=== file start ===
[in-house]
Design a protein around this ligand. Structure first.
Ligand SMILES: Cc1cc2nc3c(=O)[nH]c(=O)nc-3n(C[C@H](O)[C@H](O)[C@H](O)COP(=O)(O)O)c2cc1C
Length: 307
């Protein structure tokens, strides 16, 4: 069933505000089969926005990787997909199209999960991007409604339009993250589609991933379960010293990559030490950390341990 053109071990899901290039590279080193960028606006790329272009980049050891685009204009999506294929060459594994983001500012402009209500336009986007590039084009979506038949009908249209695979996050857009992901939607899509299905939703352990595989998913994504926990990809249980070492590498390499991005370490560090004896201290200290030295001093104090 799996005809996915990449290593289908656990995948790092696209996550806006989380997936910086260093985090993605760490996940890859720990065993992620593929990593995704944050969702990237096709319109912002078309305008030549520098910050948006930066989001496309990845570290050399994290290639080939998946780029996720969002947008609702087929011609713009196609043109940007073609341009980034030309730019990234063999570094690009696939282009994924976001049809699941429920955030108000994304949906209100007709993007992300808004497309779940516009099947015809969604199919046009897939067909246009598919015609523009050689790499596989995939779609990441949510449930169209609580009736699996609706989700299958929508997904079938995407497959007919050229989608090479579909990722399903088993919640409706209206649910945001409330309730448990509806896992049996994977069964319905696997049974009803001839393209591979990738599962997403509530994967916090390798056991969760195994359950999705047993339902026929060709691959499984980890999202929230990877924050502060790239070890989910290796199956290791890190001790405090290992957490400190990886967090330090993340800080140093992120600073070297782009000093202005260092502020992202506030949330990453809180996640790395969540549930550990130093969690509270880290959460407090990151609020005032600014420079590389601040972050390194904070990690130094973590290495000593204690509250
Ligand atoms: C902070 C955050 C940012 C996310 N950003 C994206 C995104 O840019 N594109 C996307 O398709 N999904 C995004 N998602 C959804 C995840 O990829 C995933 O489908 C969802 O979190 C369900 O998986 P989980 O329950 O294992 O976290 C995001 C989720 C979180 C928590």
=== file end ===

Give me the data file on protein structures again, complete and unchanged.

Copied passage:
[in-house]
Design a protein around this ligand. Structure first.
Ligand SMILES: Cc1cc2nc3c(=O)[nH]c(=O)nc-3n(C[C@H](O)[C@H](O)[C@H](O)COP(=O)(O)O)c2cc1C
Length: 307
């Protein structure tokens, strides 16, 4: 069933505000089969926005990787997909199209999960991007409604339009993250589609991933379960010293990559030490950390341990 053109071990899901290039590279080193960028606006790329272009980049050891685009204009999506294929060459594994983001500012402009209500336009986007590039084009979506038949009908249209695979996050857009992901939607899509299905939703352990595989998913994504926990990809249980070492590498390499991005370490560090004896201290200290030295001093104090 799996005809996915990449290593289908656990995948790092696209996550806006989380997936910086260093985090993605760490996940890859720990065993992620593929990593995704944050969702990237096709319109912002078309305008030549520098910050948006930066989001496309990845570290050399994290290639080939998946780029996720969002947008609702087929011609713009196609043109940007073609341009980034030309730019990234063999570094690009696939282009994924976001049809699941429920955030108000994304949906209100007709993007992300808004497309779940516009099947015809969604199919046009897939067909246009598919015609523009050689790499596989995939779609990441949510449930169209609580009736699996609706989700299958929508997904079938995407497959007919050229989608090479579909990722399903088993919640409706209206649910945001409330309730448990509806896992049996994977069964319905696997049974009803001839393209591979990738599962997403509530994967916090390798056991969760195994359950999705047993339902026929060709691959499984980890999202929230990877924050502060790239070890989910290796199956290791890190001790405090290992957490400190990886967090330090993340800080140093992120600073070297782009000093202005260092502020992202506030949330990453809180996640790395969540549930550990130093969690509270880290959460407090990151609020005032600014420079590389601040972050390194904070990690130094973590290495000593204690509250
Ligand atoms: C902070 C955050 C940012 C996310 N950003 C994206 C995104 O840019 N594109 C996307 O398709 N999904 C995004 N998602 C959804 C995840 O990829 C995933 O489908 C969802 O979190 C369900 O998986 P989980 O329950 O294992 O976290 C995001 C989720 C979180 C928590």